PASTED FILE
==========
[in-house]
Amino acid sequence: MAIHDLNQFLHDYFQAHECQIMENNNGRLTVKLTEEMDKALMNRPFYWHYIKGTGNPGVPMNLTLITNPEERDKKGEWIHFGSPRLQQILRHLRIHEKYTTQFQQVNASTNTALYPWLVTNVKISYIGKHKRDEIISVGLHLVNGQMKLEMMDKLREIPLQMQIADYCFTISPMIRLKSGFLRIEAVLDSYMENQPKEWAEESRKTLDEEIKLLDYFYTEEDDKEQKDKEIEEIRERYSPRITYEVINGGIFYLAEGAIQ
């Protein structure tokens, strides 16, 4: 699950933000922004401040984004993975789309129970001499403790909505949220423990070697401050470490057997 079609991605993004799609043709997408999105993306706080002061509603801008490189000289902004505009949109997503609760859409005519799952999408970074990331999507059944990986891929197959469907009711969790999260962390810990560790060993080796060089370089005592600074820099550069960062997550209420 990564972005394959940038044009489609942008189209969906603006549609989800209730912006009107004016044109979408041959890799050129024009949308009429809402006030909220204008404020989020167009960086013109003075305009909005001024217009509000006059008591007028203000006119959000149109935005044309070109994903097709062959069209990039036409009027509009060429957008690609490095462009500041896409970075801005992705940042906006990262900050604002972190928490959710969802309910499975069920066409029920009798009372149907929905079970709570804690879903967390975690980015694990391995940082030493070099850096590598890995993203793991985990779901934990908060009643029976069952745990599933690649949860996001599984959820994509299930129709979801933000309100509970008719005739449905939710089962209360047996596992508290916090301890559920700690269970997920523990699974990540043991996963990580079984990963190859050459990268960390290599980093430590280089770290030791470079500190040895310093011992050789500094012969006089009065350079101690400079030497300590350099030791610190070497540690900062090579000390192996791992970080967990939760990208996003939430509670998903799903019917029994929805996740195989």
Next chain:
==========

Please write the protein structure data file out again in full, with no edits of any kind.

[in-house]
Amino acid sequence: MAIHDLNQFLHDYFQAHECQIMENNNGRLTVKLTEEMDKALMNRPFYWHYIKGTGNPGVPMNLTLITNPEERDKKGEWIHFGSPRLQQILRHLRIHEKYTTQFQQVNASTNTALYPWLVTNVKISYIGKHKRDEIISVGLHLVNGQMKLEMMDKLREIPLQMQIADYCFTISPMIRLKSGFLRIEAVLDSYMENQPKEWAEESRKTLDEEIKLLDYFYTEEDDKEQKDKEIEEIRERYSPRITYEVINGGIFYLAEGAIQ
């Protein structure tokens, strides 16, 4: 699950933000922004401040984004993975789309129970001499403790909505949220423990070697401050470490057997 079609991605993004799609043709997408999105993306706080002061509603801008490189000289902004505009949109997503609760859409005519799952999408970074990331999507059944990986891929197959469907009711969790999260962390810990560790060993080796060089370089005592600074820099550069960062997550209420 990564972005394959940038044009489609942008189209969906603006549609989800209730912006009107004016044109979408041959890799050129024009949308009429809402006030909220204008404020989020167009960086013109003075305009909005001024217009509000006059008591007028203000006119959000149109935005044309070109994903097709062959069209990039036409009027509009060429957008690609490095462009500041896409970075801005992705940042906006990262900050604002972190928490959710969802309910499975069920066409029920009798009372149907929905079970709570804690879903967390975690980015694990391995940082030493070099850096590598890995993203793991985990779901934990908060009643029976069952745990599933690649949860996001599984959820994509299930129709979801933000309100509970008719005739449905939710089962209360047996596992508290916090301890559920700690269970997920523990699974990540043991996963990580079984990963190859050459990268960390290599980093430590280089770290030791470079500190040895310093011992050789500094012969006089009065350079101690400079030497300590350099030791610190070497540690900062090579000390192996791992970080967990939760990208996003939430509670998903799903019917029994929805996740195989």
Next chain: